since even if you experience 10 years passing, you're not really connecting it the same way you'd think of a period of a few minutes as a whole.
    No, it's not the same way, but I don't see why it even should be the same way.


    The wheel thing is just something that comes up to connect things, and I just ended up refining it and using it prominently after trying to think about really abstract things like how you get from Proto-Indo-Europeans to you and me living our lives personally. It's like making a larger-scale clock, really. And the same way you don't think of seconds ticking when you conceptualize hours, you don't think of seconds ticking when you conceptualize this, so I'm not sure how it's Ne to think about time "top-down" like that (in some senses, yes, but everyone uses all the functions sometimes anyways). "Zooming in/out" of time happens regardless of socionics being "real" or anything within socionics and if Ni doesn't relate to that, I'm not sure what it's supposed to relate to (along with symbols and apprehension, but that goes against Jung because it's turn pattern-recognition-ish there).
    I was commenting on the "music thing" with the Intuition/Static Intuition categorization.


    I'm also not sure how "internal technology" isn't Ti. I think of how people get faster at running as a collective over decades, or better at playing complicated piano music, and things like that and think of that like Ti, vs. Te is like building faster cars or writing down information so you don't have to remember it. That just didn't get addressed.
    I just saw a load of Intuition in your post, way more than Ti analysis, but I did say that you can clarify further as to which bits you thought of as Ti.

  6. #86
    16t Poet Laureate Wyrd's Avatar
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    @Myst

    Well, having things be less abstract is useful if you really need/want to think about them. Instead of thinking about how things logically must be, you can just think about how they are from experience. Everything that's useful about it is probably not useful in a TiSe way, but this is basically the gist of it:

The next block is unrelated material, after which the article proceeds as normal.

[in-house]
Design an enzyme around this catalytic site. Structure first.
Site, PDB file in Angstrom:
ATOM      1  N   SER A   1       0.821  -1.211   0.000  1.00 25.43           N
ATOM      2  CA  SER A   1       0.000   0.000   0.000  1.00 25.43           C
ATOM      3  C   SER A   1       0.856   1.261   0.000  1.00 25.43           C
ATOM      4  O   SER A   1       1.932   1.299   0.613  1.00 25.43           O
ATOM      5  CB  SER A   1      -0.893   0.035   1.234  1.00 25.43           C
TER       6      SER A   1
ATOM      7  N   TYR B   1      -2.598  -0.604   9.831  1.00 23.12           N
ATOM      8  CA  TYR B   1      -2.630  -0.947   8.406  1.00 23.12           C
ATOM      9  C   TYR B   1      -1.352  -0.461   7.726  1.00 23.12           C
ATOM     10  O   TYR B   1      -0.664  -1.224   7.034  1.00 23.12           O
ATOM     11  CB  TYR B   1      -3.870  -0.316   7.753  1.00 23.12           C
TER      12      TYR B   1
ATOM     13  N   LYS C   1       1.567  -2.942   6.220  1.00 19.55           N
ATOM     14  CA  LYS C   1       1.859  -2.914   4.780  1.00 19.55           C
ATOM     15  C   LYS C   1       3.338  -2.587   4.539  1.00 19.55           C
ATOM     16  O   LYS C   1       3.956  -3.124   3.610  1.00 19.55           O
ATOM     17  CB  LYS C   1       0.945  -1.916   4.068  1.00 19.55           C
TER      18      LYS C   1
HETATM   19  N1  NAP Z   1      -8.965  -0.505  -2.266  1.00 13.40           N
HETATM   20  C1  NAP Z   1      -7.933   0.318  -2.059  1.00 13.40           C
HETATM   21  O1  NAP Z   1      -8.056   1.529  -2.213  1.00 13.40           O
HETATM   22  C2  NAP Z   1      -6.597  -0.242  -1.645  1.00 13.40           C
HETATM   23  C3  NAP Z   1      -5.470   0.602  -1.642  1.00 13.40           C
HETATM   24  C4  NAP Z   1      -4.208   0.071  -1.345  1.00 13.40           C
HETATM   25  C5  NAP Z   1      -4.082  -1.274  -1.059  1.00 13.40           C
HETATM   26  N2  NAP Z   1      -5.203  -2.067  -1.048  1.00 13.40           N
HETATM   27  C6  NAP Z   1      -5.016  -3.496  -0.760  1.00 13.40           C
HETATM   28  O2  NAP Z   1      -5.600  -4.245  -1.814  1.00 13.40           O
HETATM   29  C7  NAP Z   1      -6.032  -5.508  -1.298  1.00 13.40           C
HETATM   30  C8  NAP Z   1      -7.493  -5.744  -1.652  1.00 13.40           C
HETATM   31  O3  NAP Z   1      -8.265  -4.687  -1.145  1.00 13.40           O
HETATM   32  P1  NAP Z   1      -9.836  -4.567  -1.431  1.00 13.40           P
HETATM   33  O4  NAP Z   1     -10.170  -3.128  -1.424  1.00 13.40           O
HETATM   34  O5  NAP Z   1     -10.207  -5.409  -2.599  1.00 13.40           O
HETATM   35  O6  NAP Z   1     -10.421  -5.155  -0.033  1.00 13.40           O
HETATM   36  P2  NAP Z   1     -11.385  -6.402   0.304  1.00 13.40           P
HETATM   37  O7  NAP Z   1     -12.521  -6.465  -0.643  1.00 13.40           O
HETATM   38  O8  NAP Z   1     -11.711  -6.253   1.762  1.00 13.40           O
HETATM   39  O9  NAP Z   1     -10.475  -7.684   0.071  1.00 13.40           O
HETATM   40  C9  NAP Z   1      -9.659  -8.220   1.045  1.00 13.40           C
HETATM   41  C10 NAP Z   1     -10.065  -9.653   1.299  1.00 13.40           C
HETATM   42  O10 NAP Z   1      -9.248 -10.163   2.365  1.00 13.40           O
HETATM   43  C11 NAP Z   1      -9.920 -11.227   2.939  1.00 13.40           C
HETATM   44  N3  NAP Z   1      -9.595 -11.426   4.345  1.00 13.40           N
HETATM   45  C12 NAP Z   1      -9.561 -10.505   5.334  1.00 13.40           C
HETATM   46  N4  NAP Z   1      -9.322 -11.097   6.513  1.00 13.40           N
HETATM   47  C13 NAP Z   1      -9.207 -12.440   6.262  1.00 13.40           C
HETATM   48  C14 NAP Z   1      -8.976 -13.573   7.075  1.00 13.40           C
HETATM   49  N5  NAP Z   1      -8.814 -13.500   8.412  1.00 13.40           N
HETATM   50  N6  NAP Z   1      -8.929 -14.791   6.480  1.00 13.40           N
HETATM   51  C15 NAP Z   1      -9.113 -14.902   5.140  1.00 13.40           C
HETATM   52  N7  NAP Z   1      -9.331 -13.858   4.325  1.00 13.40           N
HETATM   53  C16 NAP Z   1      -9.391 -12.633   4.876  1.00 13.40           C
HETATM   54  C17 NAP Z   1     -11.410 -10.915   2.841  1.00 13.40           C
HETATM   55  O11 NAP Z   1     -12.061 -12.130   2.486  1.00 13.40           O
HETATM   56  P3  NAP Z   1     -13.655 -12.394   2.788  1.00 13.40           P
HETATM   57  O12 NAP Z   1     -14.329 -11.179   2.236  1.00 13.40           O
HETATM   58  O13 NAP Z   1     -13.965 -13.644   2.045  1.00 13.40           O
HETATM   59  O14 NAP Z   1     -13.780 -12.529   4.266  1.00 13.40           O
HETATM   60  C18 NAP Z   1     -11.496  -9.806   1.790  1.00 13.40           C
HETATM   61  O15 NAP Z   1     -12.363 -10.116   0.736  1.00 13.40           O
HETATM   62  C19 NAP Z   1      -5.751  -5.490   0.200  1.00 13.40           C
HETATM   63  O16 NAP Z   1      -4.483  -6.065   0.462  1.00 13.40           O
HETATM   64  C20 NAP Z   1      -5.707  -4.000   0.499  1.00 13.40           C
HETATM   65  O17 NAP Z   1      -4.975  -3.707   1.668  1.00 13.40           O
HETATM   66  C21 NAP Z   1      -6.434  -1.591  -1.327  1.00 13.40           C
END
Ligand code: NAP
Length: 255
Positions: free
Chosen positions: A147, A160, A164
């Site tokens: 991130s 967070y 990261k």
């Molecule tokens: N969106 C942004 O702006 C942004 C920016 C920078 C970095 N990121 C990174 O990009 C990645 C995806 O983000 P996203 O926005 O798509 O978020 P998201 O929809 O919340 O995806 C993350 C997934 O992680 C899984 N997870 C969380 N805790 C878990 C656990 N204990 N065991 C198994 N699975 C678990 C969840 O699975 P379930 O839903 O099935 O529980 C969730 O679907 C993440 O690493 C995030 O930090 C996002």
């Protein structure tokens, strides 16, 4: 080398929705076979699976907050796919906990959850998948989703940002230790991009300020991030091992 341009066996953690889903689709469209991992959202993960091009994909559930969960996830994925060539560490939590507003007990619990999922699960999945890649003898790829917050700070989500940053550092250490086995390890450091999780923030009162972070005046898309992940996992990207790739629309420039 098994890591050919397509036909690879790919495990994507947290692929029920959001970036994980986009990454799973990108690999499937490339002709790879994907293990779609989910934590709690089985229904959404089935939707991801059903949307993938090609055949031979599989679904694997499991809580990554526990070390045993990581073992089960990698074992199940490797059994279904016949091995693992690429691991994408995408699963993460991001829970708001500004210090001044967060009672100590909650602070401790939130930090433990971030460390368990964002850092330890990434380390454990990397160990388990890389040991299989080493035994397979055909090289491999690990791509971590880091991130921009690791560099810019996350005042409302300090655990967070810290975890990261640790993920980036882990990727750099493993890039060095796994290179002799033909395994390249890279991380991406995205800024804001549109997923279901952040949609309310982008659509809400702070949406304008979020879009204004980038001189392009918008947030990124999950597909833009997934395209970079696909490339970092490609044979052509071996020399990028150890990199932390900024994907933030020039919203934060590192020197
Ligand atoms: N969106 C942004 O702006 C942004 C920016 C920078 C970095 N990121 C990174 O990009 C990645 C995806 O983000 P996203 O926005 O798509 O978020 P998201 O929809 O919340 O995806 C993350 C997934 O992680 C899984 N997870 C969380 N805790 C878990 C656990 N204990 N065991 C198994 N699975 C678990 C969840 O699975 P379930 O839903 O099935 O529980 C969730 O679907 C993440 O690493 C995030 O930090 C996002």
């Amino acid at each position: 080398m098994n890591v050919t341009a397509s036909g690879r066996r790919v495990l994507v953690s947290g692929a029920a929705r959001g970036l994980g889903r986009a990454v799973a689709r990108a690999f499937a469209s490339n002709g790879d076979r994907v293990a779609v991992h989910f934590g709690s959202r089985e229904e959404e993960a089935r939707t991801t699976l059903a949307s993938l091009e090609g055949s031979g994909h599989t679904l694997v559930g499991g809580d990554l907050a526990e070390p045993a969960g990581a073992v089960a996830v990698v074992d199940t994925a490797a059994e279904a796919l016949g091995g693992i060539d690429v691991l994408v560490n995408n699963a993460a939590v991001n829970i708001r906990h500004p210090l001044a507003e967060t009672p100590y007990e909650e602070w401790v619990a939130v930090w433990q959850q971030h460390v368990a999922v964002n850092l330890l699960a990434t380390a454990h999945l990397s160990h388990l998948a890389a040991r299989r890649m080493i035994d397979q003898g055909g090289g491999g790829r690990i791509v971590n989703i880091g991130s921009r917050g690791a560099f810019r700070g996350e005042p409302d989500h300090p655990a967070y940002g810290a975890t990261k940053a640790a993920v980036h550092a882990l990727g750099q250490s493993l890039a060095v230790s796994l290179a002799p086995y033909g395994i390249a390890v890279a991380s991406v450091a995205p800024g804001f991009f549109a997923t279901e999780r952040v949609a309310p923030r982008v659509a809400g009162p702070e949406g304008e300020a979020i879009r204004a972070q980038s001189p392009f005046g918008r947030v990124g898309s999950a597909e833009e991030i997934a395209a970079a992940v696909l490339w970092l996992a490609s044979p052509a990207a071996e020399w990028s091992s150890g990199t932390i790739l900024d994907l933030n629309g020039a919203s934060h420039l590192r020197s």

The benefit is sort of abstract but it basically amounts to anchoring to me. It's easier to mess up abstract rules than just relating things from personal experience. It's also fun to just mentally experience and feel things you never could in real life, and related to the anchoring, it makes it more obvious what should be salient in ways I don't think any system of rules can be (or at least, it'll lag behind given constraints of existing. I have actual stories on this, not just "should"s).


    OK.


    Also, I meant the idea of "internal technology" (making more techniques to run faster or be better at playing music or learning things) as Ti. It's like if someone makes a physics equation that's Ti, and if someone uses that to make a vehicle that's Te, or if someone memorizes a list that's Ti, but if someone writes it down that's Te. A long-ish time back I thought everyone's in a disbalance towards Te just driving cars and using the Internet and eating weird food and no one knows how that's going to work and peoples' memories and attention spans are getting shorter, they don't know as much, etc. and it's going to burn out through some unforeseen consequence. Basically, people putting thoughts out there so they don't have to think them, like reading a whole 300-page-book but forgetting that you've ever read it until you happen to see the cover again years later. All the old Homeric poetry and things like that from oral cultures was done to remember things and that's Ti (it wasn't just because the Greeks really liked poetry), then putting things in a book so you don't have to is Te. But being able to find the proper book is Ti in itself, so the most useful thing to do is use both.

  7. #87

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    Quote Originally Posted by Wyrd View Post
    Well, having things be less abstract is useful if you really need/want to think about them. Instead of thinking about how things logically must be, you can just think about how they are from experience. Everything that's useful about it is probably not useful in a TiSe way, but this is basically the gist of it